The following is a post by my great mate Paul Taylor. Or to the world, “Ticker”. Paul is Assistant Principal at Penistone Grammar School, a high-achieving and popular secondary comprehensive school near Barnsley, South Yorkshire.
Do you feel it yet?
The pressure of ensuring that the students you teach secure the grades of which they are capable; the pressure of ensuring they fulfil their potential; the pressure of making sure they are exam ready. Do you feel it yet?
This year while sunning myself in Florida I was contacted by my friend and colleague Paul Crook on A-level results day about how the students I taught in AS and A2 PE had performed. I am always ready to hear how my students have performed. I am desperate for them to secure the grades they need to access the university they desire. I am desperate for them to see all their hard work, blood, sweat and tears be justified through securing or exceeding the illusive target grade, but each year I am beginning to question who is this more important to, me or them? I question the tears. Are their tears generated through the fact that A-levels are hard and consequently they have to work hard? Or do the tears fall because they are failing at some things and they just want to give up or have someone to do the graft for them?
Now at this point I am sure you can sense that I am going to go on and have a moan. You’d be right; there is a moan about to rear its ugly head in about four or five lines time! This is not because I am a cynical and miserable teacher or a ‘drain’ to coin one of Hywel Roberts’ terms. I always try to exude positivity and development in the students I teach and the staff I work with but the more I give in time and effort, the more my students take and shelve. Surely one of my many jobs as their teacher is to give them the tools they need to succeed and begin to show them how to use them? Their responsibility is to become proficient in using them, or at least pick the bloody things up!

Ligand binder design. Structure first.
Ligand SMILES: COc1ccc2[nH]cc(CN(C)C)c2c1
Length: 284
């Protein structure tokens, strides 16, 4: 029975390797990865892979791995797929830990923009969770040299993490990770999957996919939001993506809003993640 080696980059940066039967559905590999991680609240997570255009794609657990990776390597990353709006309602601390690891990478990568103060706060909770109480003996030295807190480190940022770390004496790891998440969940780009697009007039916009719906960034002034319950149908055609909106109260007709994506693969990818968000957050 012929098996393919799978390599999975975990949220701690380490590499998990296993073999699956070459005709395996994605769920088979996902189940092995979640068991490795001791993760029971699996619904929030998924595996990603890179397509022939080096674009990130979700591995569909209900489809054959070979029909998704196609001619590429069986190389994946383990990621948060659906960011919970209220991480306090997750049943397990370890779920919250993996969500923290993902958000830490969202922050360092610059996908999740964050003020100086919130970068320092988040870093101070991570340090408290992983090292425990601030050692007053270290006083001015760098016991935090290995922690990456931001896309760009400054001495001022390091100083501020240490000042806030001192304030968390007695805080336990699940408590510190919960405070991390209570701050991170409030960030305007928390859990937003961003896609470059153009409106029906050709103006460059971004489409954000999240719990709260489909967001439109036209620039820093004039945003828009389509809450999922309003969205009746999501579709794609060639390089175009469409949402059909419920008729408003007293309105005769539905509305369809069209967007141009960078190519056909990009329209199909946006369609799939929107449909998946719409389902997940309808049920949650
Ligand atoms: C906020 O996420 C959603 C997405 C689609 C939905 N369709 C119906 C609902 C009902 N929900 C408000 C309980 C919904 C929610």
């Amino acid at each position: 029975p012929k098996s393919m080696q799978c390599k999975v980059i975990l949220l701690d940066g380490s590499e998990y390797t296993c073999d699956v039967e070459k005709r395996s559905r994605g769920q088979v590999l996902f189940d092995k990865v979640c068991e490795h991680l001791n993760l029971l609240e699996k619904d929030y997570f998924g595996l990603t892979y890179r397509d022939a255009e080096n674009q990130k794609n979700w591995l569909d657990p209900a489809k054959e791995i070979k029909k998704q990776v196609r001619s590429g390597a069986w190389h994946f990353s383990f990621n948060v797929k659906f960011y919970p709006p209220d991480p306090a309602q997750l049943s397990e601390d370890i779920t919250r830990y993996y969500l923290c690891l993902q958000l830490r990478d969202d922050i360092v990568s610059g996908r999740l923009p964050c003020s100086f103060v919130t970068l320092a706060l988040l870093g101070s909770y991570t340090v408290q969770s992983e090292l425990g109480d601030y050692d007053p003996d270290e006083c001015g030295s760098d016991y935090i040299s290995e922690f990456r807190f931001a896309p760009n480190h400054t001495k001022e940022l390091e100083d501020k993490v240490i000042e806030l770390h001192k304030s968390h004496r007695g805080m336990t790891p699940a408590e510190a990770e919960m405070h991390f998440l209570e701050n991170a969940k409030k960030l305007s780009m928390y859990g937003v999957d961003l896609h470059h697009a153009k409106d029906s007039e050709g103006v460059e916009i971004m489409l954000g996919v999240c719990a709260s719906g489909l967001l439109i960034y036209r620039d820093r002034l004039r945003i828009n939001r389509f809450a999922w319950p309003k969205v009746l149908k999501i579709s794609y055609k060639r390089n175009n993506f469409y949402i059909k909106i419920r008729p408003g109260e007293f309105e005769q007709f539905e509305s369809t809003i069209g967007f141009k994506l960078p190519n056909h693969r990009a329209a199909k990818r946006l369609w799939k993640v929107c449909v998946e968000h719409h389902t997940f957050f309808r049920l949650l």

So who is it more important to, me or them? I want it to be them; I am beginning to think it’s me, the teacher, the guy going through appraisal, the one sat in line management meetings doing exams analysis, the guy who has to suggest why these students have underachieved. While I am doing all of this they are securing their 1st or 2nd choice at university despite performing poorly. Who does it mean more to, me or them? This year one of my students was offered an unconditional offer of acceptance onto a course at a university if he made that university his first choice. This news went down like a fart in a lift when he informed me as I immediately thought, well that’s going to hit my ALPS results! Are humans innately lazy and do they always look for and take the easy option?!
Last year the staff in the PE department at PGS went above and beyond for these students, support was off the page (or at least the offer of it was), access to every possible resource was provided, contact with parents was increased, additional consultation evenings were added to the department calendar, learning contracts were drawn up, intervention mapping was strategically followed, social networking (Twitter) gave students access to support throughout holidays, the offer to PGS students last year was the dog’s b*****ks! There were tools everywhere but the majority didn’t pick them up. The only tool of interest to some students was the spoon with which my colleagues and I were feeding them!